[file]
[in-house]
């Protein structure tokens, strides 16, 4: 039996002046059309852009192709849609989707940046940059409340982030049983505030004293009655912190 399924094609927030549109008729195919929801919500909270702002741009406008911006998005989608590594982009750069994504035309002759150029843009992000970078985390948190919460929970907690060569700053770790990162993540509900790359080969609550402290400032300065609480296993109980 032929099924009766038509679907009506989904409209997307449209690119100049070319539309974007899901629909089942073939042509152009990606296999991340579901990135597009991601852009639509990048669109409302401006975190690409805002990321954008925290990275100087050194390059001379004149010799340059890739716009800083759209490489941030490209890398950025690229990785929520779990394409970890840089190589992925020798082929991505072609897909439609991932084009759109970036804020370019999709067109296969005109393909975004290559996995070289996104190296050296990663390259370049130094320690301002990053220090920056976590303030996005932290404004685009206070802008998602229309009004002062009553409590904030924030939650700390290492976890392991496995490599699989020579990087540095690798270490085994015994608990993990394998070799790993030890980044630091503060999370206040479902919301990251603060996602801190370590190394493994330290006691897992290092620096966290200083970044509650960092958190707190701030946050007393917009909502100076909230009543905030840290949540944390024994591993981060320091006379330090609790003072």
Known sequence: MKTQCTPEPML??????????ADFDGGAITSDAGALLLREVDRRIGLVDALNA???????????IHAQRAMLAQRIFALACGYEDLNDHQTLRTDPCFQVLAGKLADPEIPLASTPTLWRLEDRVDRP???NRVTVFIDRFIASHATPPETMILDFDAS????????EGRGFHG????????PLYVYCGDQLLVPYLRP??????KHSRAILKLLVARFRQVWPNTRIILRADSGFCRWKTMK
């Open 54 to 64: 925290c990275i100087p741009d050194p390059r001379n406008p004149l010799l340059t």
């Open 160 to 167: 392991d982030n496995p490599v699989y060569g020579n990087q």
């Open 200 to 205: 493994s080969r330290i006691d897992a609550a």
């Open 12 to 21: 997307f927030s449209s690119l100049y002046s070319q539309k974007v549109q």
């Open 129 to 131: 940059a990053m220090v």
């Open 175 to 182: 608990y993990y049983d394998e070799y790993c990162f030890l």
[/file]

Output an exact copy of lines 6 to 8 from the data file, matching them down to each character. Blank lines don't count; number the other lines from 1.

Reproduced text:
């Open 200 to 205: 493994s080969r330290i006691d897992a609550a």
């Open 12 to 21: 997307f927030s449209s690119l100049y002046s070319q539309k974007v549109q």
């Open 129 to 131: 940059a990053m220090v």